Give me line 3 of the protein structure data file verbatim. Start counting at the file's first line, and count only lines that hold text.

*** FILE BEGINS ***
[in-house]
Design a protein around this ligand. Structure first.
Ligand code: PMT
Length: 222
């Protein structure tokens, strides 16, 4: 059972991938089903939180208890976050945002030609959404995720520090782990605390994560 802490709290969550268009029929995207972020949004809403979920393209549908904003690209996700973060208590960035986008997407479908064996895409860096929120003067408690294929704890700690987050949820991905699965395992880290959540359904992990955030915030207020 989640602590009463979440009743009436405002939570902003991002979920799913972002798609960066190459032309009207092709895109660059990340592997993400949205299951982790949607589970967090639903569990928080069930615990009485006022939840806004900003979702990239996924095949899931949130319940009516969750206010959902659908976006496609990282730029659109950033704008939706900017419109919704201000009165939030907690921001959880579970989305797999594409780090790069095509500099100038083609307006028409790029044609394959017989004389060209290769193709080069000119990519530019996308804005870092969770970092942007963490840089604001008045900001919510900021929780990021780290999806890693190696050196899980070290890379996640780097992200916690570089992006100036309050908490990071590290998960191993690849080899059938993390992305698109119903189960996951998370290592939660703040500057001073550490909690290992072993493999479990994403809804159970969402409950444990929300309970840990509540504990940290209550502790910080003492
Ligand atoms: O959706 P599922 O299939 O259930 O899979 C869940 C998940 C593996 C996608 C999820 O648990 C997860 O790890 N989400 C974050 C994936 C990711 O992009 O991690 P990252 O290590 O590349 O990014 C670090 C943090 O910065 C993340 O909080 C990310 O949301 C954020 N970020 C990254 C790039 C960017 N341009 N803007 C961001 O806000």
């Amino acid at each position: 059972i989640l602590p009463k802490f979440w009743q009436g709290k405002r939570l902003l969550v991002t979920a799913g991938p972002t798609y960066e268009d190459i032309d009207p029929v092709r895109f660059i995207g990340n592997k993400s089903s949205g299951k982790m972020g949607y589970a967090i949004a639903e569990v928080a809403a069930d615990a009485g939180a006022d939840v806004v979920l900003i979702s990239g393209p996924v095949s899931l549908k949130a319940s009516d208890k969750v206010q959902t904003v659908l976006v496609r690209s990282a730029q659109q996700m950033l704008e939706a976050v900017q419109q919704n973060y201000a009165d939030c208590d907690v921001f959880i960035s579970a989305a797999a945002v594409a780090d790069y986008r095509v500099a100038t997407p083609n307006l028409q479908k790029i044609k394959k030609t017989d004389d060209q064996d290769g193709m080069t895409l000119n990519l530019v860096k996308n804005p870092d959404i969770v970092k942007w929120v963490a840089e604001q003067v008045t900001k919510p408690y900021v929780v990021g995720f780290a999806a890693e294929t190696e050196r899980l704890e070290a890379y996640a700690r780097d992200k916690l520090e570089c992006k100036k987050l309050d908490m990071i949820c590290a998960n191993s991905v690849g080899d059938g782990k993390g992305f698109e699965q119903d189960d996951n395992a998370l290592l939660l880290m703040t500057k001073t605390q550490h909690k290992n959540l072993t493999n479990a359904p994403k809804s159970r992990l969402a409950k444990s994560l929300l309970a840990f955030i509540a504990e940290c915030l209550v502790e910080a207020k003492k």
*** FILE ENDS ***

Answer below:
Ligand code: PMT